Carole Goldberg, Kevin K. Washburn & Philip P. Frickey
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Santa Clara Pueblo v. Martinez' is an especially rich case that intermingles three stories: one is about Julia Martinez and her family; a second features Santa Clara Pueblo itself; and a third highlights dynamics within the United States Supreme Court. Decided in 1978, the Martinez case denied Julia Martinez access to federal court to challenge a Pueblo membership ordinance treating female members who marry outside the Pueblo differently from male members who marry outside. The case has long attracted attention from feminists and human rights advocates, because they see a woman's claim of gender discrimination pitted against a Pueblo's claim of tribal sovereignty. What has been missing in all of this commentary, however, is an internal Santa Clara Pueblo viewpoint on the case. What follows is an account of these three stories in their cultural context.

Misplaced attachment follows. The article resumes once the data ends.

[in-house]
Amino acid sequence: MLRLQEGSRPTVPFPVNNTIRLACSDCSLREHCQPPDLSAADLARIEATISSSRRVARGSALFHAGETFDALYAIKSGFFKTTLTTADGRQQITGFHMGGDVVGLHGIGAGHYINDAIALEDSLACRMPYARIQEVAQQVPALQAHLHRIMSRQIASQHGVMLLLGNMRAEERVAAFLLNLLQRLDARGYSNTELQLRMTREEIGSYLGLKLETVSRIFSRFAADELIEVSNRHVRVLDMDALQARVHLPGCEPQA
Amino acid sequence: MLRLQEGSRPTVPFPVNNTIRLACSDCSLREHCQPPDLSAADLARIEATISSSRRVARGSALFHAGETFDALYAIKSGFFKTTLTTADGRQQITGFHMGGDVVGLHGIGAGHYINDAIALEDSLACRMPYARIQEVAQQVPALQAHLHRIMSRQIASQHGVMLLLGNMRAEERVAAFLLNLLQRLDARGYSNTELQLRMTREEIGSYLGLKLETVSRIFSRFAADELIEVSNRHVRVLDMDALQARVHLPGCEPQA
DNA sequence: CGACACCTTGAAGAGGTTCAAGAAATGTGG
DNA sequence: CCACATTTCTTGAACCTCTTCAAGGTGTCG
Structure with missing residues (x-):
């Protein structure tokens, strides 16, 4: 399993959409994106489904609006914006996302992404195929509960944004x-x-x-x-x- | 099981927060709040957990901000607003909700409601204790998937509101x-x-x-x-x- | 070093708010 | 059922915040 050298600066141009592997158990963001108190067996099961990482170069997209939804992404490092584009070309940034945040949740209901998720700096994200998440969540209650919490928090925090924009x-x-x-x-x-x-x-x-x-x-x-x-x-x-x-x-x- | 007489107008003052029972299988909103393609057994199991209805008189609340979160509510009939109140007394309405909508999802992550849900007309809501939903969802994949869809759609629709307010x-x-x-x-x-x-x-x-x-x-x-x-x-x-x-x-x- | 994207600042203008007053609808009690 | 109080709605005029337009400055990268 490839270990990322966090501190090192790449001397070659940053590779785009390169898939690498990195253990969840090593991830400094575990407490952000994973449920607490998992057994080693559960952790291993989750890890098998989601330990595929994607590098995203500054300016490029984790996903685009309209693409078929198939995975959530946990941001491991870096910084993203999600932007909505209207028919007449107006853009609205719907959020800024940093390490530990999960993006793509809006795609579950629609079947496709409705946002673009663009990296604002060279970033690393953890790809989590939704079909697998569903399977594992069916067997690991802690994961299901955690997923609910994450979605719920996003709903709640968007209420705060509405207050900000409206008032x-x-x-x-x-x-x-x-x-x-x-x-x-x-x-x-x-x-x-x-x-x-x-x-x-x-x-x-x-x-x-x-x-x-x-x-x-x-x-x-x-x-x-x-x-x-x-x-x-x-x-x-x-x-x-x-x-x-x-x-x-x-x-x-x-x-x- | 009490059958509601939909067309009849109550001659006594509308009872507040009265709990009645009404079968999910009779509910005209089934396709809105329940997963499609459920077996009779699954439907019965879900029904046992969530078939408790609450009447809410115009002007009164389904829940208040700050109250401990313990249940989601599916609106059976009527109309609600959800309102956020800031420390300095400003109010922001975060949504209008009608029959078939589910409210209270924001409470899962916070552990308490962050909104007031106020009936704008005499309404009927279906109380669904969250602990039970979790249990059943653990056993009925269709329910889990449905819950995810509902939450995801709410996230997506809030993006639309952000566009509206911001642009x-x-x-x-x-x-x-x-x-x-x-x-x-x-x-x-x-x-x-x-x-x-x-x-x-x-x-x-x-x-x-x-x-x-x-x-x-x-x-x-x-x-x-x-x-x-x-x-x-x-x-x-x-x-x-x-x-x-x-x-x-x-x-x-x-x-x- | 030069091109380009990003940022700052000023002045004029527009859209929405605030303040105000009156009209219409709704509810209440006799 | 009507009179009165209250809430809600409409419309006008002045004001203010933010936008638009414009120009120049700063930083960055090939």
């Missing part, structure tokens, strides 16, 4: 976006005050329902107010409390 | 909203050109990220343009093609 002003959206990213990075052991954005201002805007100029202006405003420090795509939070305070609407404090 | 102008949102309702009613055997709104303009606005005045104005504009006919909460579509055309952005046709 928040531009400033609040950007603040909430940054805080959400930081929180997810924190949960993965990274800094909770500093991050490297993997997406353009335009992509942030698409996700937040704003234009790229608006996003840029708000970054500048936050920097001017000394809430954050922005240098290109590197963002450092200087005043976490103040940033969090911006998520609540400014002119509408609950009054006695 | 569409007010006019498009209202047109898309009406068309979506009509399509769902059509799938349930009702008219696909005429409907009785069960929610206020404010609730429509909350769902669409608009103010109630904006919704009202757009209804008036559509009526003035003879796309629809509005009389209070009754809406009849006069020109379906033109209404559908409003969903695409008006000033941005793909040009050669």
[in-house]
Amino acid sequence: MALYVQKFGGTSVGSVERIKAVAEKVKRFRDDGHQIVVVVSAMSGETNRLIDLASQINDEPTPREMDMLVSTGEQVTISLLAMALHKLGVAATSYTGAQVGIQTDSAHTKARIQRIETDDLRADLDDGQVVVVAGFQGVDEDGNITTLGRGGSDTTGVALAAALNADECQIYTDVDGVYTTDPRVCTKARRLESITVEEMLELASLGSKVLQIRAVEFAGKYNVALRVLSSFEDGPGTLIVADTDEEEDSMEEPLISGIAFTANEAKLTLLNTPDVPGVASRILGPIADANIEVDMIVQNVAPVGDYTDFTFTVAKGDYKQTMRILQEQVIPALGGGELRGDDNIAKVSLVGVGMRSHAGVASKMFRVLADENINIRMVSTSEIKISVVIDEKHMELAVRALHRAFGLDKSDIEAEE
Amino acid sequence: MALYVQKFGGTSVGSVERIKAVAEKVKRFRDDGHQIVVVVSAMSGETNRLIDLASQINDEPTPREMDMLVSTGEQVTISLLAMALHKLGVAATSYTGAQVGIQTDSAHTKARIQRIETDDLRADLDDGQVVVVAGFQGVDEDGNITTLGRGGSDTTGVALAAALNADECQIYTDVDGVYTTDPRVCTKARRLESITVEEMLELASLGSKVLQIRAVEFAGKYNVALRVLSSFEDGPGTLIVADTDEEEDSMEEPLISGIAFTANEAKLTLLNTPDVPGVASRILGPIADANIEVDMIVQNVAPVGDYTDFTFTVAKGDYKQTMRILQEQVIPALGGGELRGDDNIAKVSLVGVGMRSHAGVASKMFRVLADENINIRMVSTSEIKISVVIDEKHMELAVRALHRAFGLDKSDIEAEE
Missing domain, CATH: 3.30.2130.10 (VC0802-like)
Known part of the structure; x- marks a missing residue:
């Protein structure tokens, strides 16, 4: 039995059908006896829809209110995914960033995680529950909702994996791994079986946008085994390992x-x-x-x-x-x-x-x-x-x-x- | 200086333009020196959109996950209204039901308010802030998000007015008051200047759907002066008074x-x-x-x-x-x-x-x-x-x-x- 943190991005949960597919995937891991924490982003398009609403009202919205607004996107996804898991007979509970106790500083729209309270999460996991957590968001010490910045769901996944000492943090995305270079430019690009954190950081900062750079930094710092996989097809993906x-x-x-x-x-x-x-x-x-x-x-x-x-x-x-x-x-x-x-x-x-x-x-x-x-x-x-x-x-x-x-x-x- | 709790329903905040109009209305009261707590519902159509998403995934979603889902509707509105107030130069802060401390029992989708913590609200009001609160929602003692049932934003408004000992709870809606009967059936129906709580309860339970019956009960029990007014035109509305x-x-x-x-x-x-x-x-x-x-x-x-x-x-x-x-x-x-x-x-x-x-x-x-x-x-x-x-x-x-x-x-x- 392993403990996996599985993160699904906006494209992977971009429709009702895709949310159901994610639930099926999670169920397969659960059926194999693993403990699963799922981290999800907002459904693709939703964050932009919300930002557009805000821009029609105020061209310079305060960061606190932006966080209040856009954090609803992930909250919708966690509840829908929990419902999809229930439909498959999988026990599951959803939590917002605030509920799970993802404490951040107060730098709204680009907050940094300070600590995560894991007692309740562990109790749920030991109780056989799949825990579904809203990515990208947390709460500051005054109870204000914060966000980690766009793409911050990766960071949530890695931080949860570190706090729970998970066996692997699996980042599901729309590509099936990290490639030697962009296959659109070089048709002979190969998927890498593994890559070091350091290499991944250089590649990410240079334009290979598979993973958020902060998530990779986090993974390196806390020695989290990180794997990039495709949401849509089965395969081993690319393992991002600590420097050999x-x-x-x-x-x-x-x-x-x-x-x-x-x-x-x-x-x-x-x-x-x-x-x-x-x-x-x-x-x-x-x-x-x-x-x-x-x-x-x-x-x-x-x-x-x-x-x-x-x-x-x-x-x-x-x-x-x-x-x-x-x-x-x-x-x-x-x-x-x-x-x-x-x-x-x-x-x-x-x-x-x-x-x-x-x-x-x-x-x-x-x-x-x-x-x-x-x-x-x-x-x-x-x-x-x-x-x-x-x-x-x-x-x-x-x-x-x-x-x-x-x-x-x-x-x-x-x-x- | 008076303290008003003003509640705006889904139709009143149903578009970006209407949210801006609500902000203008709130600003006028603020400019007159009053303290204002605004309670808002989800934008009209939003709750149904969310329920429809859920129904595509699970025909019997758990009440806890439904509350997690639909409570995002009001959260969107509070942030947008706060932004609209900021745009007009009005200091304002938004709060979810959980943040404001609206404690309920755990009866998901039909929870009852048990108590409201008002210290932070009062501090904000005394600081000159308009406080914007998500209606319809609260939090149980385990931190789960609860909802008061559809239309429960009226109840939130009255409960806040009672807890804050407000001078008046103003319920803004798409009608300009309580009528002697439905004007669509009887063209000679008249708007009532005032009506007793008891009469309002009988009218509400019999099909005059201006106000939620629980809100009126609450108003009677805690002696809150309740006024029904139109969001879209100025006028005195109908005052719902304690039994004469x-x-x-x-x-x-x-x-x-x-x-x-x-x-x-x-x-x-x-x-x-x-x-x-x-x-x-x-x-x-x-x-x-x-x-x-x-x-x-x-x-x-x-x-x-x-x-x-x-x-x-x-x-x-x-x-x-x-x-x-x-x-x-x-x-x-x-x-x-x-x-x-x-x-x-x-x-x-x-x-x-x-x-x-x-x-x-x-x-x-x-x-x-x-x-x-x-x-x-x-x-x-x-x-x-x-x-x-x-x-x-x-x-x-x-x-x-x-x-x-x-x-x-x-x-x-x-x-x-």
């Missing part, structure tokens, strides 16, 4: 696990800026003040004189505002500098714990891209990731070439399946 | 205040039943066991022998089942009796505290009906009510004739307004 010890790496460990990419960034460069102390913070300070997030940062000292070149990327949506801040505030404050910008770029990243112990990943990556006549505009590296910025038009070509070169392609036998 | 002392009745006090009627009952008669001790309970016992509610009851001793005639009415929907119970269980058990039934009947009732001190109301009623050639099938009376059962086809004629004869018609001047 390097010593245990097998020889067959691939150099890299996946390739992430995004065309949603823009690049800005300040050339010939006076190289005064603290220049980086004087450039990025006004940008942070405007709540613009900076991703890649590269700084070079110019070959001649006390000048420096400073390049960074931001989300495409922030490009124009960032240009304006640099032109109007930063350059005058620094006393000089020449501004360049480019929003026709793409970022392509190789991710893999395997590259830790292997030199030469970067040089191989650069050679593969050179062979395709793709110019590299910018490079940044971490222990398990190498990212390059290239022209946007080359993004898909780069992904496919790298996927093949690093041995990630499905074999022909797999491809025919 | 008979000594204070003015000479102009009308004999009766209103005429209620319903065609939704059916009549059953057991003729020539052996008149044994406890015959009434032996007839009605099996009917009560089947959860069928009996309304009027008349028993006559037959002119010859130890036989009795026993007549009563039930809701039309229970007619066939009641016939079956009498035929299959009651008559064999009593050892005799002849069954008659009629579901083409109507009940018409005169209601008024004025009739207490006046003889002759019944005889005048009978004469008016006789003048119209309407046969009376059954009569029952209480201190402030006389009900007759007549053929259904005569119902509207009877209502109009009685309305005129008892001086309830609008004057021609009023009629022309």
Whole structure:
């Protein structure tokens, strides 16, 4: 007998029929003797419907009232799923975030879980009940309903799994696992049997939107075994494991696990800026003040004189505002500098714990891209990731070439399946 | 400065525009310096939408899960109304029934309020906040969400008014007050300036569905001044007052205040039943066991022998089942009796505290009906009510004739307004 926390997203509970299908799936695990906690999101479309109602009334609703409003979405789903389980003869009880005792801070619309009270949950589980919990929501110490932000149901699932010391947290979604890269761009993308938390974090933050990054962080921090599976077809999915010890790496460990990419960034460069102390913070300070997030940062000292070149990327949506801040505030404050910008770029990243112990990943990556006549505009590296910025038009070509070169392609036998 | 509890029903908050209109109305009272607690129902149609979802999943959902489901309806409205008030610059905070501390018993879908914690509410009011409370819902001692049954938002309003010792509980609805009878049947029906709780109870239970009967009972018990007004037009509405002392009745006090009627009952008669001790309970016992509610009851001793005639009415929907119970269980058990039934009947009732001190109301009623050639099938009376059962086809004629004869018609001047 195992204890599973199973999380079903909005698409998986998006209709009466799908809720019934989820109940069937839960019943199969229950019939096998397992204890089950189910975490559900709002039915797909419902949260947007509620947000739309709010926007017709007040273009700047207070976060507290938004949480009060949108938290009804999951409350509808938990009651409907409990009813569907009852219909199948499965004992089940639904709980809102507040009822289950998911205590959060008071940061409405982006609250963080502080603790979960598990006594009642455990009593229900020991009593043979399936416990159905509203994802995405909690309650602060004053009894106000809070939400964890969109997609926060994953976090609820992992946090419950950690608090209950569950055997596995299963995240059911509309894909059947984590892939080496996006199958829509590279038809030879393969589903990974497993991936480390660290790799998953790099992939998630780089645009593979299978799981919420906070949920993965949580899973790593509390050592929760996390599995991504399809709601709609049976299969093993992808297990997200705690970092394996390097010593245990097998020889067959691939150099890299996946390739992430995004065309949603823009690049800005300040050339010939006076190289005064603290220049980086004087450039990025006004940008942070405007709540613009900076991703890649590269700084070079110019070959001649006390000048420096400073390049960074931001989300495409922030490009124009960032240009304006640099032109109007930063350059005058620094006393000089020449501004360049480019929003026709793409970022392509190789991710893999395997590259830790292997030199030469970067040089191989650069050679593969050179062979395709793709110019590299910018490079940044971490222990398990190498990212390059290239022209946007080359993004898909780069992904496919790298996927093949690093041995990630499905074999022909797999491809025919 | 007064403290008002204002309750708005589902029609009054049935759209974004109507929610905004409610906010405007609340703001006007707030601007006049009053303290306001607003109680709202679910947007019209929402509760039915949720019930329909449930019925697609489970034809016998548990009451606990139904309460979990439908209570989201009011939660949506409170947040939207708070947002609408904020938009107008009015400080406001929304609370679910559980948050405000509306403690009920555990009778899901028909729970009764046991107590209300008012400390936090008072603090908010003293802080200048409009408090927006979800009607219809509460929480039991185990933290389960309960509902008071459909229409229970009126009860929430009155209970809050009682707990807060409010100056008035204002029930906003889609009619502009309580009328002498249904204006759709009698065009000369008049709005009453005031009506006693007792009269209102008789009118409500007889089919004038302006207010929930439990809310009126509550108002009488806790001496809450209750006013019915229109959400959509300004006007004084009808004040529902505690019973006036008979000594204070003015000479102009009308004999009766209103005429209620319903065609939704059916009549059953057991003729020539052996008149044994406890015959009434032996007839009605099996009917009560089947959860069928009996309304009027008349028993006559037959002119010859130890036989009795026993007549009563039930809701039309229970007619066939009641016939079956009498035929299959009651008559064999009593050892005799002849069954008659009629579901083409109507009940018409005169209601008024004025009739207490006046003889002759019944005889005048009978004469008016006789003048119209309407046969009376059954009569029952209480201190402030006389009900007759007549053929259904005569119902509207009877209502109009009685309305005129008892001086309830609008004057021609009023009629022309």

Valencia-Weber, Gloria. "Three Stories in One: The Story of Santa Clara Pueblo v. Martinez." Indian Law Stories (2011): 451-488. http://digitalrepository.unm.edu/law_facbookdisplay/29